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OOIDA slams speed limiter plan

GRAIN VALLEY, Mo. -- The Owner-Operator Independent Drivers Association (OOIDA) is condemning a decision by a group...

GRAIN VALLEY, Mo. — The Owner-Operator Independent Drivers Association (OOIDA) is condemning a decision by a group of large US carriers to push for the mandatory use of speed limiters.

The owner/operator group says the proposal is nothing more than an attempt to limit competition cloaked in safety propoganda.

On Oct. 18, a number of large carriers filed petitions with federal transportation agencies calling on them to force the use of speed limiters on privately owned commercial vehicles.

“These petitions are intended to be a Trojan horse for the true objectives of big trucking companies -doing away with current truck size and weight restrictions as well as increasing their importation of cheap, less qualified foreign drivers,” says Todd Spencer, executive vice-president of OOIDA. “They are aimed at limiting competition from the small trucking companies that make up the vast majority of the industry.”

Spencer warns the implementation of speed limiters may just be the tip of the iceberg.

“It is no secret that large trucking corporations want to maximize their profits by opening all national highways to heavier trucks as well as double and triple trailer combinations. Those folks also wish to pad their bottom lines by bringing in exploitable foreign labour instead of paying appropriate wages to American citizens,” Spencer explains.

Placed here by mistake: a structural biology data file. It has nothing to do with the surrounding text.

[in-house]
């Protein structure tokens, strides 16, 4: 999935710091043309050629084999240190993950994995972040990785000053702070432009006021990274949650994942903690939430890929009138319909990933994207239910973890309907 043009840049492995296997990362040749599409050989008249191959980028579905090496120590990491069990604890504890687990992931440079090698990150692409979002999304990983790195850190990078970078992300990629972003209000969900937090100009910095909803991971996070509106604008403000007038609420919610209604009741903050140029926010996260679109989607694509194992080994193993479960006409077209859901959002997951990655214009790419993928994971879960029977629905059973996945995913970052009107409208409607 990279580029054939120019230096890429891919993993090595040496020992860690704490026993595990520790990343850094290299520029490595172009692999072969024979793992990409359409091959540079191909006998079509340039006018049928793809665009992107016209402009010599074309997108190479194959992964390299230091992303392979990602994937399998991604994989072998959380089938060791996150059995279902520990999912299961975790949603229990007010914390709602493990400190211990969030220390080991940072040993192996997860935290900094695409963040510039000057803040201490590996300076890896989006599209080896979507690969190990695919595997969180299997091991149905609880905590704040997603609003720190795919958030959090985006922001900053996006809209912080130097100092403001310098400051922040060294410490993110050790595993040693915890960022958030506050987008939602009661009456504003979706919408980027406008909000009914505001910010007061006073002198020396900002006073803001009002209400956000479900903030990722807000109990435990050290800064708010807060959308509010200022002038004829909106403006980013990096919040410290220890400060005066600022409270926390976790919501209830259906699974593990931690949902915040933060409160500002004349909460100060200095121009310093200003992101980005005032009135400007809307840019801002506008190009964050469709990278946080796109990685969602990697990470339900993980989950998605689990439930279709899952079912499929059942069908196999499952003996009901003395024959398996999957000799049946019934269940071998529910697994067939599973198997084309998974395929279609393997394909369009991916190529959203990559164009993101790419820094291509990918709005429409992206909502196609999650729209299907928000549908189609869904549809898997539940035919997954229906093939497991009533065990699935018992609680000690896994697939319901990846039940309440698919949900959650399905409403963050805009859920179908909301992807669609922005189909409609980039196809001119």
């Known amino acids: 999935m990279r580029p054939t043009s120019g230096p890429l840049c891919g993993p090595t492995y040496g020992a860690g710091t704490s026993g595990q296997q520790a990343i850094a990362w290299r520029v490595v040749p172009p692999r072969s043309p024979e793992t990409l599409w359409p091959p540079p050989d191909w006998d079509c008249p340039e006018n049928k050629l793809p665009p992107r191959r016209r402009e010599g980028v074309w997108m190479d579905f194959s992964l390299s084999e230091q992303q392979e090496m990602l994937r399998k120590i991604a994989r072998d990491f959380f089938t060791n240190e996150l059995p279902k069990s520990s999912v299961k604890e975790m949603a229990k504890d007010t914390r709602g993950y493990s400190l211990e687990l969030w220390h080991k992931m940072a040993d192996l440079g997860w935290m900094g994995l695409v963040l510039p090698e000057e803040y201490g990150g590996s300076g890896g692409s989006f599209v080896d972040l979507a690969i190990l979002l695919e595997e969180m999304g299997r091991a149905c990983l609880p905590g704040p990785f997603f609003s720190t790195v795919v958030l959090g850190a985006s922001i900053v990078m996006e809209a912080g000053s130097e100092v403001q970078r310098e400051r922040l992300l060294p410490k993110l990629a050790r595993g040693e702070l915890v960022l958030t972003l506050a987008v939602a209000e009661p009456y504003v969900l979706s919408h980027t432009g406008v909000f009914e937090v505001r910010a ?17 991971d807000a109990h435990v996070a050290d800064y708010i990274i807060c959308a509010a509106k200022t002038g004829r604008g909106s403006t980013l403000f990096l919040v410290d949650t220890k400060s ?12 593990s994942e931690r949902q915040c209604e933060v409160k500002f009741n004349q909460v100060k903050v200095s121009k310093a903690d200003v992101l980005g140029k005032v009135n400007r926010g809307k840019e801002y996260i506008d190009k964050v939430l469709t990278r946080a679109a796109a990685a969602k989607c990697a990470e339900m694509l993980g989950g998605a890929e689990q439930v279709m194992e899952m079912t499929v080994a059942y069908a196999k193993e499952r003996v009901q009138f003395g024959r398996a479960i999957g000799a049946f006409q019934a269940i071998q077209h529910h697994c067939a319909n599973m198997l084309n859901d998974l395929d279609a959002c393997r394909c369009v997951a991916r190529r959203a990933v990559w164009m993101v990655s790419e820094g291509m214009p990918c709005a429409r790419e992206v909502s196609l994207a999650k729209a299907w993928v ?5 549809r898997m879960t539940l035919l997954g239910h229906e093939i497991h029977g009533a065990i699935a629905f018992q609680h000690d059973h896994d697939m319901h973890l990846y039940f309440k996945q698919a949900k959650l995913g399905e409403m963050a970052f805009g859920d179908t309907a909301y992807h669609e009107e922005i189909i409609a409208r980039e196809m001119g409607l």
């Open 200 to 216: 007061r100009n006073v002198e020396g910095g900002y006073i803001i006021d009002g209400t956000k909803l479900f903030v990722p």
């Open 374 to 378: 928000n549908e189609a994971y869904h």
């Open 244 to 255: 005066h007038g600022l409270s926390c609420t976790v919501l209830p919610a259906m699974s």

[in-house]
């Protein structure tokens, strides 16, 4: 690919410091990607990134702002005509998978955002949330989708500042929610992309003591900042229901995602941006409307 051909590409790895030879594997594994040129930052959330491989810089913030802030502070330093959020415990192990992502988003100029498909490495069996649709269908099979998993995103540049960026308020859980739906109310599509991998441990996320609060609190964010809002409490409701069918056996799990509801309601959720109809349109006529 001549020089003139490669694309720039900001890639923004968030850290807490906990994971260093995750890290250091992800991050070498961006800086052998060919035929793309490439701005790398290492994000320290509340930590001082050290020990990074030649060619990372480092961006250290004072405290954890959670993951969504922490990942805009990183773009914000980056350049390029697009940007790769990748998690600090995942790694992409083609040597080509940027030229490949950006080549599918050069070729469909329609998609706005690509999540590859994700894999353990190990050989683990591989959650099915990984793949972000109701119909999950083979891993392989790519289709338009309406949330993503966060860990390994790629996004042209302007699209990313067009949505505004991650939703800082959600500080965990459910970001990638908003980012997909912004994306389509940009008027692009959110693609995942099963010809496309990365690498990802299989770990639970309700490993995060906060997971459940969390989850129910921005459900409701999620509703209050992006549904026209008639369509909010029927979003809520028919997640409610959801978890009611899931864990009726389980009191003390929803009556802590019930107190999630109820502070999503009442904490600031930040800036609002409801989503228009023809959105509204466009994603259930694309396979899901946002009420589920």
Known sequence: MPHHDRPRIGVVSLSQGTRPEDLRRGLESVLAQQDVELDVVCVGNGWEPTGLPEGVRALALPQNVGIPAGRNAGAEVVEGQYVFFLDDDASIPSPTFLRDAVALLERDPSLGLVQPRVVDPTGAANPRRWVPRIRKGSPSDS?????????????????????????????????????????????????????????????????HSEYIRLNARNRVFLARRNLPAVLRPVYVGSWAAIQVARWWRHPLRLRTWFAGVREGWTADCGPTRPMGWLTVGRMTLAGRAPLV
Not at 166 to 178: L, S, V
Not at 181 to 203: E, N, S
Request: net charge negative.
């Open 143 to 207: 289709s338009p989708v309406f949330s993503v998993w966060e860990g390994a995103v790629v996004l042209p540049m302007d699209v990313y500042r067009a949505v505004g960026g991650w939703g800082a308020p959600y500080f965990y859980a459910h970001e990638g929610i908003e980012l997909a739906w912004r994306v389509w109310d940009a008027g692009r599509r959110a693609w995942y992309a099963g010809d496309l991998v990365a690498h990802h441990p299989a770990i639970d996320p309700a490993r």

OOIDA maintains the speed limiter plan is based on profit not safety.

“A critical fact totally ignored by these petitions is that reduced speed promotes safety only if all vehicles are moving at those same reduced speeds,” Spencer adds. “Ironically, should these petitions come to fruition, America’s roads will become much more dangerous to motorists and truckers alike.”

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Truck News

Truck News is Canada's leading trucking newspaper - news and information for trucking companies, owner/operators, truck drivers and logistics professionals working in the Canadian trucking industry.
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